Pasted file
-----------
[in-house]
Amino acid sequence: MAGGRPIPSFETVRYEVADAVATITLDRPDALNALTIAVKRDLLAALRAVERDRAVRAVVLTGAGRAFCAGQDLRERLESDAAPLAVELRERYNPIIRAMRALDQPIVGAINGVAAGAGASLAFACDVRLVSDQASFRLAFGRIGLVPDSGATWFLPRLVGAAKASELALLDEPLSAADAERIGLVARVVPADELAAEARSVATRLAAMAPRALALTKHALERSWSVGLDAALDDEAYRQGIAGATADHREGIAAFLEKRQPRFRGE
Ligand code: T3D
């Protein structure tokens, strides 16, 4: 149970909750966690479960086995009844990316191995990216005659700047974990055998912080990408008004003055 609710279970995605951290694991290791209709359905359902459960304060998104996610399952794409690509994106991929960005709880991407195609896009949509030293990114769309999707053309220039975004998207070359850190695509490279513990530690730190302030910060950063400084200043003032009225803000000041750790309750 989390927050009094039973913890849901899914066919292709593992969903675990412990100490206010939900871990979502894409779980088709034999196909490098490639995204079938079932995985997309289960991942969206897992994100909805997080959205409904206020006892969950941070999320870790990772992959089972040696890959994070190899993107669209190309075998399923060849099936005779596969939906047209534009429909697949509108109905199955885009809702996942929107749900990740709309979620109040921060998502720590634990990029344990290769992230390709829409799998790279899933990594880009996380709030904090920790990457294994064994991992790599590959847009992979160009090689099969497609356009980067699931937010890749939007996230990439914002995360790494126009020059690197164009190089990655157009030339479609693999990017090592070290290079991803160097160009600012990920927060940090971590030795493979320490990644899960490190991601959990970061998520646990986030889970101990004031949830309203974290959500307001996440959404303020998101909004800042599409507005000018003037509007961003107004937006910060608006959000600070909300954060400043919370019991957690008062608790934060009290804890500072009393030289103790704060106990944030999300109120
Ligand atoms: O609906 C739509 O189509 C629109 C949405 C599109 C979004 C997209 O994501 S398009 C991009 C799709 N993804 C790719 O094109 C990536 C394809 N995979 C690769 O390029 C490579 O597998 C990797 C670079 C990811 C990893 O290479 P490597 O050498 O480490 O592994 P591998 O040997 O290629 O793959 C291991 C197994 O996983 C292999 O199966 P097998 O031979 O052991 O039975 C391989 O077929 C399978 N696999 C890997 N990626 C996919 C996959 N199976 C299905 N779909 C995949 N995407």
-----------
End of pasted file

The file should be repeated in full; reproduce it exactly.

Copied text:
[in-house]
Amino acid sequence: MAGGRPIPSFETVRYEVADAVATITLDRPDALNALTIAVKRDLLAALRAVERDRAVRAVVLTGAGRAFCAGQDLRERLESDAAPLAVELRERYNPIIRAMRALDQPIVGAINGVAAGAGASLAFACDVRLVSDQASFRLAFGRIGLVPDSGATWFLPRLVGAAKASELALLDEPLSAADAERIGLVARVVPADELAAEARSVATRLAAMAPRALALTKHALERSWSVGLDAALDDEAYRQGIAGATADHREGIAAFLEKRQPRFRGE
Ligand code: T3D
């Protein structure tokens, strides 16, 4: 149970909750966690479960086995009844990316191995990216005659700047974990055998912080990408008004003055 609710279970995605951290694991290791209709359905359902459960304060998104996610399952794409690509994106991929960005709880991407195609896009949509030293990114769309999707053309220039975004998207070359850190695509490279513990530690730190302030910060950063400084200043003032009225803000000041750790309750 989390927050009094039973913890849901899914066919292709593992969903675990412990100490206010939900871990979502894409779980088709034999196909490098490639995204079938079932995985997309289960991942969206897992994100909805997080959205409904206020006892969950941070999320870790990772992959089972040696890959994070190899993107669209190309075998399923060849099936005779596969939906047209534009429909697949509108109905199955885009809702996942929107749900990740709309979620109040921060998502720590634990990029344990290769992230390709829409799998790279899933990594880009996380709030904090920790990457294994064994991992790599590959847009992979160009090689099969497609356009980067699931937010890749939007996230990439914002995360790494126009020059690197164009190089990655157009030339479609693999990017090592070290290079991803160097160009600012990920927060940090971590030795493979320490990644899960490190991601959990970061998520646990986030889970101990004031949830309203974290959500307001996440959404303020998101909004800042599409507005000018003037509007961003107004937006910060608006959000600070909300954060400043919370019991957690008062608790934060009290804890500072009393030289103790704060106990944030999300109120
Ligand atoms: O609906 C739509 O189509 C629109 C949405 C599109 C979004 C997209 O994501 S398009 C991009 C799709 N993804 C790719 O094109 C990536 C394809 N995979 C690769 O390029 C490579 O597998 C990797 C670079 C990811 C990893 O290479 P490597 O050498 O480490 O592994 P591998 O040997 O290629 O793959 C291991 C197994 O996983 C292999 O199966 P097998 O031979 O052991 O039975 C391989 O077929 C399978 N696999 C890997 N990626 C996919 C996959 N199976 C299905 N779909 C995949 N995407």